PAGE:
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Klumpke’s Palsy

Klumpke’s palsy is a paralysis to the lower part of the brachial plexus nerve which causes paralysis or weakness in the forearm or hand. Klumpke’s palsy occurs in about one of every 2,000 births in the U.S.

What is Klumpke’s palsy?

Klumpke's PalsyKlumpke’s palsy is caused by an injury to a part of the brachial plexus nerve which runs through the neck and shoulder.  It is often the result of an avoidable injury known as shoulder dystocia, which occurred during the childbirth process.

Shoulder dystocia occurs when excessive pulling on the head or shoulders of an infant during a normal delivery or by arms that are raised over the head during a breech delivery. In most cases, Klumpke’s palsy is a neuropraxia injury which may allow for complete recovery over a period of time.  In some cases, however, the injury is more severe and may result in long-term or even permanent disability.

How is Klumpke’s palsy different from Erb’s palsy?

Klumpke’s palsy and Erb’s palsy are similar injuries, often caused by the same type of pressure which damages the brachial plexus nerve.  The difference is in the area of the brachial nerve and the area in which symptoms occur.

Klumpke’s palsy affects the lower portion of the brachial nerve at the C-7 and T-1 vertebrae and has symptoms that occur mainly in the forearm or hand.  Erb’s palsy affects the upper portion of the brachial nerve at the C-5 and C-6 vertebrae and has symptoms that affect the upper arm or the entire arm.  Erb’s palsy may occur at a higher rate than Klumpke’s palsy but the incidence may vary by region and location.

What causes Klumpke’s palsy?

Klumpke’s palsy occurs in 0.5 to 1.45 of every 1,000 births.  It occurs when the brachial plexus nerve is stretched or damaged due to the arm, neck or shoulder being forced into an abnormal position during birth.  It usually occurs during a difficult vaginal delivery and is caused by shoulder dystocia.  Most commonly, Klumpke’s palsy is a result of the arms being pulled over the head during a head-first (cephalic) or raised over the head because of a feet-first (breech birth).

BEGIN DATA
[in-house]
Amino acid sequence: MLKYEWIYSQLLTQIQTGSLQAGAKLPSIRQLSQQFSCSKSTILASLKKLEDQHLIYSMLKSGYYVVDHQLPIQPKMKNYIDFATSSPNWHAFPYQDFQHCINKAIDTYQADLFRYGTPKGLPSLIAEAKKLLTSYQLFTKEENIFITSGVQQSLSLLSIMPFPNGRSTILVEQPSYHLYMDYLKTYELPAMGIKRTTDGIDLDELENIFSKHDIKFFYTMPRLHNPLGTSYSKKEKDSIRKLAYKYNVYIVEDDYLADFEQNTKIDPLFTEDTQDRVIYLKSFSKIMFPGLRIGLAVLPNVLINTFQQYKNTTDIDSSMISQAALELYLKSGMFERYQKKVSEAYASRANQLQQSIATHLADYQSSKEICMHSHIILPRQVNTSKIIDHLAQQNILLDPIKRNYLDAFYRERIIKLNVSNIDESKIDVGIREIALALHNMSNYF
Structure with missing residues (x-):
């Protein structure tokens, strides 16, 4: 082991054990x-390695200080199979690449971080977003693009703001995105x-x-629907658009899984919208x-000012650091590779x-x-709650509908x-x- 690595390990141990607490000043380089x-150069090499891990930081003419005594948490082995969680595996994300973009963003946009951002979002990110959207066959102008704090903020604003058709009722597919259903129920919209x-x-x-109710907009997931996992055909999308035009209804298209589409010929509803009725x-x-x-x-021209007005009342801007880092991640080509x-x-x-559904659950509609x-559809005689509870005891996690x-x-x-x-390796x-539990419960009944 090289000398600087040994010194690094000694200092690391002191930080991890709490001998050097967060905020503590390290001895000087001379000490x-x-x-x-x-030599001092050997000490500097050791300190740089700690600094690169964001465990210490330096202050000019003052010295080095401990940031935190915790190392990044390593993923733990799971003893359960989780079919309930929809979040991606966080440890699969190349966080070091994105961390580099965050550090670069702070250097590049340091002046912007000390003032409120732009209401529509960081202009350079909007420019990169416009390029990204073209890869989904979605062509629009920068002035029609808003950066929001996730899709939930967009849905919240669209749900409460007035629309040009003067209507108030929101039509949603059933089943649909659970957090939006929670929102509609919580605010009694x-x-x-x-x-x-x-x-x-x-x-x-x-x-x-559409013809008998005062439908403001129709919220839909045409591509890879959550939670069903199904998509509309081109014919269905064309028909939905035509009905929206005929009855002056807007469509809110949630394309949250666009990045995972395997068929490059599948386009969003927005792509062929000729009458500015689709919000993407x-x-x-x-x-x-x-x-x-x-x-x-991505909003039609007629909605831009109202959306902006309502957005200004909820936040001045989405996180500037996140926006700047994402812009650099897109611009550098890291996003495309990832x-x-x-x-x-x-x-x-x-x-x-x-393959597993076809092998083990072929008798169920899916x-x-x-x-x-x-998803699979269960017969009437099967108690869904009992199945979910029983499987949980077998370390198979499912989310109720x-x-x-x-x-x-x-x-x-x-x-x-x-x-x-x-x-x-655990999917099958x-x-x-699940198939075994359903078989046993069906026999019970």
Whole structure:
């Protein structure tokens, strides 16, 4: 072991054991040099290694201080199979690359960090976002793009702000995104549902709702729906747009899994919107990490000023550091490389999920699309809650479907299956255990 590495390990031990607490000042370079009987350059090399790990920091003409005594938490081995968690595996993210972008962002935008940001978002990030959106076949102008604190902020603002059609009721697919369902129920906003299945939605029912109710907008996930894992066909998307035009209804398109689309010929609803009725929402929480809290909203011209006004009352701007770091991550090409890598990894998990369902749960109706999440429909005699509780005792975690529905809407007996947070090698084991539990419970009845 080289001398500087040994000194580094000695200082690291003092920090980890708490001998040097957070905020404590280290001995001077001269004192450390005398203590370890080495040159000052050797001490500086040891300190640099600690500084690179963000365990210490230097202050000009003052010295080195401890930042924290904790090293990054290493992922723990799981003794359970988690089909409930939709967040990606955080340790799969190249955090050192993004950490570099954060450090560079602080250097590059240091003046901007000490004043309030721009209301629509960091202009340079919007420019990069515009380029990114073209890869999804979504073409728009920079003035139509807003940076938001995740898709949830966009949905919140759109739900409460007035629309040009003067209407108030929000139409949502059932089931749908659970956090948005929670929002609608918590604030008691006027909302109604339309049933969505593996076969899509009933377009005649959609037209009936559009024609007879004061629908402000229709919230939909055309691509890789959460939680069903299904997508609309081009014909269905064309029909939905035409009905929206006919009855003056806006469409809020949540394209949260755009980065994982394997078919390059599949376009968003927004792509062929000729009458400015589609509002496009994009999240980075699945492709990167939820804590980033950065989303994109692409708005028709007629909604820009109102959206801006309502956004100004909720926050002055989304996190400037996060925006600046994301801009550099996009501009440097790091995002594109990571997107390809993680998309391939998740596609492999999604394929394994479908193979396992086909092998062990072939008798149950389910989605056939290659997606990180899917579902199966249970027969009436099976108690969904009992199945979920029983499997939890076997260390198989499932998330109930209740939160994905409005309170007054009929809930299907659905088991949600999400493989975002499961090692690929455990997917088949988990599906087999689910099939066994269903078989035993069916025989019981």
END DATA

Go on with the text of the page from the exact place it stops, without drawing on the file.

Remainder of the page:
The risk of Klumpke’s palsy and other shoulder dystocia injuries is increased during difficult deliveries.   Larger babies, twin pregnancies and breech positioning may result in prolonged labor and increased risk.  Increased maternal weight and mothers with diabetes are also at increased risk.

Labor induction and the use of forceps during delivery has been shown to increase the risk of all types of shoulder dystocia injuries and other birth trauma events.  A cesarean section may decrease the chance for a birth injury when conditions indicate a difficult delivery is probable.

Types of Klumpke’s palsy

Though Klumpke’s palsy is typically described as an injury to the lower brachial nerve, it can be further categorized according to extent of injury and potential for recovery.